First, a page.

At The Verge, Sarah Jeong unlocks a way of talking about Facebook that’s spot on, and so often missed—it’s become a replacement for the hard and valuable emotional labour that previous generations were required to do in so many other ways. It took something hard and boring, and made even the thought of it entirely disappear. However we let it happen, saying we should delete it is akin to saying we should delete how we live. It’s a good idea, but it’s not a solution. Where we might find that solution, she suggests and we think we agree, is in the conversation happening a layer deeper, and less trackable, as we hop between various less trackable messaging apps.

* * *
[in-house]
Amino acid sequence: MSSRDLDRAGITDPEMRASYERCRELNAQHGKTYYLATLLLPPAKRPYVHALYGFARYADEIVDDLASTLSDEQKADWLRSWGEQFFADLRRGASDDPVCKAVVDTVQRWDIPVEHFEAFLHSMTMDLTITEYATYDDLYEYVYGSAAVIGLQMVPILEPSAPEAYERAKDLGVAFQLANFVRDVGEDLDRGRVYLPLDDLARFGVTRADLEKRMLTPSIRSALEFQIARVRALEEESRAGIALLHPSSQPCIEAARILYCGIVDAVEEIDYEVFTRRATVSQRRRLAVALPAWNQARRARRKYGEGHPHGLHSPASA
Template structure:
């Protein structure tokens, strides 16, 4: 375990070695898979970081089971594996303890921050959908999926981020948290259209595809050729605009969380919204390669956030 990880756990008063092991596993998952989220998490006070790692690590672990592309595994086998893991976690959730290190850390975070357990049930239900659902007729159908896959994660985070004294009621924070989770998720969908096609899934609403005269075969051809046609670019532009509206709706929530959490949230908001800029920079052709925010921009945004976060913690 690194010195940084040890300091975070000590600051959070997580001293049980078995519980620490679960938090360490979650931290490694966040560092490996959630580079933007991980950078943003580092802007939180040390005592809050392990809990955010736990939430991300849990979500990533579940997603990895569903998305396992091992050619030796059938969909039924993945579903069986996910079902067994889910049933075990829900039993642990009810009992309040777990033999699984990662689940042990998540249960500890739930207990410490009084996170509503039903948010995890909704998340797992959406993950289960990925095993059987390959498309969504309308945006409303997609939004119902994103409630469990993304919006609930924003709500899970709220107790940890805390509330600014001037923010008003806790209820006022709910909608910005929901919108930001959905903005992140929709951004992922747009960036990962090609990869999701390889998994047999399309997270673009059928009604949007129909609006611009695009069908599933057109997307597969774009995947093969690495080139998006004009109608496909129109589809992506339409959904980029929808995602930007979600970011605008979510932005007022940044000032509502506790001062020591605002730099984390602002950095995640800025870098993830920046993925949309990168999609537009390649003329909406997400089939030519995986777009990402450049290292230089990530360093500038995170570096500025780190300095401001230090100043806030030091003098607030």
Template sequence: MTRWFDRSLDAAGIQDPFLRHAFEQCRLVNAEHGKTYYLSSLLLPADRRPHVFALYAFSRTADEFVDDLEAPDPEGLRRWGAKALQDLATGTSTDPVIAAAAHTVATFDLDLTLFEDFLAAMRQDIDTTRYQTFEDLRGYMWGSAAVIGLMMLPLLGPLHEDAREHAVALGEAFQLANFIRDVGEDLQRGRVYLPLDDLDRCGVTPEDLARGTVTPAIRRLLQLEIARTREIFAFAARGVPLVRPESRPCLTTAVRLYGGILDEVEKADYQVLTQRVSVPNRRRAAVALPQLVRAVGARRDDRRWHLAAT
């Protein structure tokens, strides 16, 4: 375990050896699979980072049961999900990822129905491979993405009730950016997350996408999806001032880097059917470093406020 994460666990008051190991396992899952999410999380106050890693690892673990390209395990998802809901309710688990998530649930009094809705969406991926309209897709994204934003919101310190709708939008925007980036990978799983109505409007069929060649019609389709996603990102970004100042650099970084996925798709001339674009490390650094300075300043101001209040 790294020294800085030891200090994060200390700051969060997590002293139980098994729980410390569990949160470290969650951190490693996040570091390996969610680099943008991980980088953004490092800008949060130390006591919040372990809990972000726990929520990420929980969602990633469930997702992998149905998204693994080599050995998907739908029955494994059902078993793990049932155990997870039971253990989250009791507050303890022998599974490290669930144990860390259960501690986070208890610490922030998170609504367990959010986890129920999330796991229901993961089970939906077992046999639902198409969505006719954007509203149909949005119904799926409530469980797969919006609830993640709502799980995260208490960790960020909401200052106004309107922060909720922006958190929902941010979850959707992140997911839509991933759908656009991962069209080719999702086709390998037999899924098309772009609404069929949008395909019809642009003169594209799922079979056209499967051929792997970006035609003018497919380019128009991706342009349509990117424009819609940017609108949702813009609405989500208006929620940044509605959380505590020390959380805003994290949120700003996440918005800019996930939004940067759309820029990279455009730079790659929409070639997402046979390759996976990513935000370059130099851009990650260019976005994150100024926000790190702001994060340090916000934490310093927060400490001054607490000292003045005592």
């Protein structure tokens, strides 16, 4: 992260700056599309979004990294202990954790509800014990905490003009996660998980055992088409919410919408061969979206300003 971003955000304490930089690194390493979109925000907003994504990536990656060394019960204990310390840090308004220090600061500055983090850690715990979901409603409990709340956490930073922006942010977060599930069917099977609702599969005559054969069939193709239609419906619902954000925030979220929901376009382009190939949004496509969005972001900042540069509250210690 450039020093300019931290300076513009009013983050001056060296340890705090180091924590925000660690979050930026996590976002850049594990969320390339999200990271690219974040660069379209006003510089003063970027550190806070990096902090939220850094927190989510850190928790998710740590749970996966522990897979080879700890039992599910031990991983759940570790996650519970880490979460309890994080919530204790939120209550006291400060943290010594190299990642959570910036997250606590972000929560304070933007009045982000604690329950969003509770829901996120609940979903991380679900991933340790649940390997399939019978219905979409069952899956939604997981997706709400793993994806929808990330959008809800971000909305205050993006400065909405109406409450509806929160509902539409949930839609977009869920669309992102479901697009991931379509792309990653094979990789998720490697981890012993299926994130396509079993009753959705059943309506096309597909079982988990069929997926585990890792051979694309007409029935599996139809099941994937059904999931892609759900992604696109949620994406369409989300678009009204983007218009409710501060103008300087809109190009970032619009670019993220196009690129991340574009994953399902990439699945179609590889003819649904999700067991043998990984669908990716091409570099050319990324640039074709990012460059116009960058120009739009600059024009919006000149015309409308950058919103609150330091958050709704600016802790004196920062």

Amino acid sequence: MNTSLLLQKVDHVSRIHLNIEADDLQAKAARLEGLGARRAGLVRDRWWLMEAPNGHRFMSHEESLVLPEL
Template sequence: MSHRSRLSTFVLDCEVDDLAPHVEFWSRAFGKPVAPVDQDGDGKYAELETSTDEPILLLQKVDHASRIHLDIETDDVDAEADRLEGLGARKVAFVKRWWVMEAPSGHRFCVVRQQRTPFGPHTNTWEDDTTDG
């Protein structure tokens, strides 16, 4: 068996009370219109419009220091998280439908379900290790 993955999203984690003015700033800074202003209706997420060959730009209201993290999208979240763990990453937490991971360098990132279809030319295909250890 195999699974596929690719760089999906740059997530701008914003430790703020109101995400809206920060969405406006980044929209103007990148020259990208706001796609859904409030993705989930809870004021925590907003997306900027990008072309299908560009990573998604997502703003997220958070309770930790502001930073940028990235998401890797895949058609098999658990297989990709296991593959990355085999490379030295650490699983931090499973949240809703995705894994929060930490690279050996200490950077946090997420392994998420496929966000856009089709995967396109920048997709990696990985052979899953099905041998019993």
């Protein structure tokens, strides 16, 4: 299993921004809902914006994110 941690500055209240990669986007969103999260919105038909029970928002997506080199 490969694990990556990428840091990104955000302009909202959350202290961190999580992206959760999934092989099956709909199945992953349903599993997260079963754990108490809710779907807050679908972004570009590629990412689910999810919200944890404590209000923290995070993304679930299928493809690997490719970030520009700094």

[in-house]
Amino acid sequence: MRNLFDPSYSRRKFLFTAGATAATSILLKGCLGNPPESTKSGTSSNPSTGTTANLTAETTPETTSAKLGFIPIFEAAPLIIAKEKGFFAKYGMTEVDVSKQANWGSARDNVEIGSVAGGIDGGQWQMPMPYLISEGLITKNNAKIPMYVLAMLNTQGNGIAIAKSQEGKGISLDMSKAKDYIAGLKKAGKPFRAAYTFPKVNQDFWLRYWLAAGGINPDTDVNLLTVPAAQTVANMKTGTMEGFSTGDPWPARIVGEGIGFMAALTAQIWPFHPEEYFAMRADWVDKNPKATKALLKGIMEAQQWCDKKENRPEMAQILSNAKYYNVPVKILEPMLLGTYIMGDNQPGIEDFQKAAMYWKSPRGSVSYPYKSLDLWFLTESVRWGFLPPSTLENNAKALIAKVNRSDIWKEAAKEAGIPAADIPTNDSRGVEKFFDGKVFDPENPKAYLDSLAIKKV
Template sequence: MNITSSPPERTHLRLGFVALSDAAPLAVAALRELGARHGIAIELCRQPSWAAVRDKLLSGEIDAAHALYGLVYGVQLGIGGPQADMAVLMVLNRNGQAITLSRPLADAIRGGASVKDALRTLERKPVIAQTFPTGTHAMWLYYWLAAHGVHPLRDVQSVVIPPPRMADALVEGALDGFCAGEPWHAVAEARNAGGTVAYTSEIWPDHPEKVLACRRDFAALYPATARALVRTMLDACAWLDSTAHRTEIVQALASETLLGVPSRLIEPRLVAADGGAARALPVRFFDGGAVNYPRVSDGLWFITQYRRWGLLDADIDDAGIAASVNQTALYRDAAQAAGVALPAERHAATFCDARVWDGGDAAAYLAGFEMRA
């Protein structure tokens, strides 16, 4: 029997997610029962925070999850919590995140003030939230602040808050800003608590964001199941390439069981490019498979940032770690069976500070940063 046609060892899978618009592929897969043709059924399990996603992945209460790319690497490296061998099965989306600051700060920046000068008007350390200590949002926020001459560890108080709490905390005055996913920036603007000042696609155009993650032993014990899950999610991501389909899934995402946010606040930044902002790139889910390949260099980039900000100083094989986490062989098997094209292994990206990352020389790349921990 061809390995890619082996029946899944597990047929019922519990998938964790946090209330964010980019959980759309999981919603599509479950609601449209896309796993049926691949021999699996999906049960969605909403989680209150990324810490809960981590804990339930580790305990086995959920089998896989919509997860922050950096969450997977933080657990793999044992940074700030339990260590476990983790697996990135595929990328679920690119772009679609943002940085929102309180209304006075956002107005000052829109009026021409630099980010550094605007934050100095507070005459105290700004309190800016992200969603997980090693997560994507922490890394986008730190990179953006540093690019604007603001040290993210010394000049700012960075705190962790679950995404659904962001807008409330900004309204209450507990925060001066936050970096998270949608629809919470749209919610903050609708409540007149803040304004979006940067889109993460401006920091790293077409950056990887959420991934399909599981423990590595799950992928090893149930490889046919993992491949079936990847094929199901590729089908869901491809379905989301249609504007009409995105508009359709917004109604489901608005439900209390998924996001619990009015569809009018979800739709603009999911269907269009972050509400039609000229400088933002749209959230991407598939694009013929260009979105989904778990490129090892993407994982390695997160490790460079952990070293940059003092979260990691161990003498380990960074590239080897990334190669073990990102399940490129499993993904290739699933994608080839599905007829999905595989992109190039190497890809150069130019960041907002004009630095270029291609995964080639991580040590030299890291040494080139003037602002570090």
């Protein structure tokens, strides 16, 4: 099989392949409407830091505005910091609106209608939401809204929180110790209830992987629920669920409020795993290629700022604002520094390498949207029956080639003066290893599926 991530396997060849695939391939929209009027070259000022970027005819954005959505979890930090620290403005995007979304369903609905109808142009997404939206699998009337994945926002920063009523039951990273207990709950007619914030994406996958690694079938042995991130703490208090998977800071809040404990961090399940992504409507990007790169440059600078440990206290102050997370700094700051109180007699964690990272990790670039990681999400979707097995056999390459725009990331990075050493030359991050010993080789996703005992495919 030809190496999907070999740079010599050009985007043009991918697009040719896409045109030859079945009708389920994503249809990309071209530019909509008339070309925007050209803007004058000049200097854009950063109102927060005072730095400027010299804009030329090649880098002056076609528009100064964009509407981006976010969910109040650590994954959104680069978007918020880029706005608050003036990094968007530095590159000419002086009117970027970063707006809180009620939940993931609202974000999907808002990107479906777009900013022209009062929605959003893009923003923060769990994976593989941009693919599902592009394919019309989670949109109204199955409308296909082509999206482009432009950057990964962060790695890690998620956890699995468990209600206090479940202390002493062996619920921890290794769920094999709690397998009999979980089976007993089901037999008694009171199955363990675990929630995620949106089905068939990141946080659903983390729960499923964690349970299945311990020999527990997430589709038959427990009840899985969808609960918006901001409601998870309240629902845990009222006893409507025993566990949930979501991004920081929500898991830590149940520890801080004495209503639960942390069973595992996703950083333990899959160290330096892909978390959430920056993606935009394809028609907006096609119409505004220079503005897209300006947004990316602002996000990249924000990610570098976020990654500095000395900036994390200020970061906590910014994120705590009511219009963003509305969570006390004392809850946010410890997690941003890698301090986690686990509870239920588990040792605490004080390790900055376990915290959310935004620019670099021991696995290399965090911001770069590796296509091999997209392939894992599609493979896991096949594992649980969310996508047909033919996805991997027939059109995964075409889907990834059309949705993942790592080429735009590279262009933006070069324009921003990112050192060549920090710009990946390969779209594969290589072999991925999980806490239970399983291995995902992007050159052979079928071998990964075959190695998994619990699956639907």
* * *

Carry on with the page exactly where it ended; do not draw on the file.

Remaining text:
Facebook had replaced much of the emotional labor of social networking that consumed previous generations. We have forgotten (or perhaps never noticed) how many hours our parents spent keeping their address books up to date, knocking on doors to make sure everyone in the neighborhood was invited to the weekend BBQ, doing the rounds of phone calls with relatives, clipping out interesting newspaper articles and mailing them to a friend, putting together the cards for Valentine’s Day, Easter, Christmas, and more. We don’t think about what it’s like to carefully file business cards alphabetically in a Rolodex. People spent a lot of time on these sorts of things, once, because the less of that work you did, the less of a social network you had.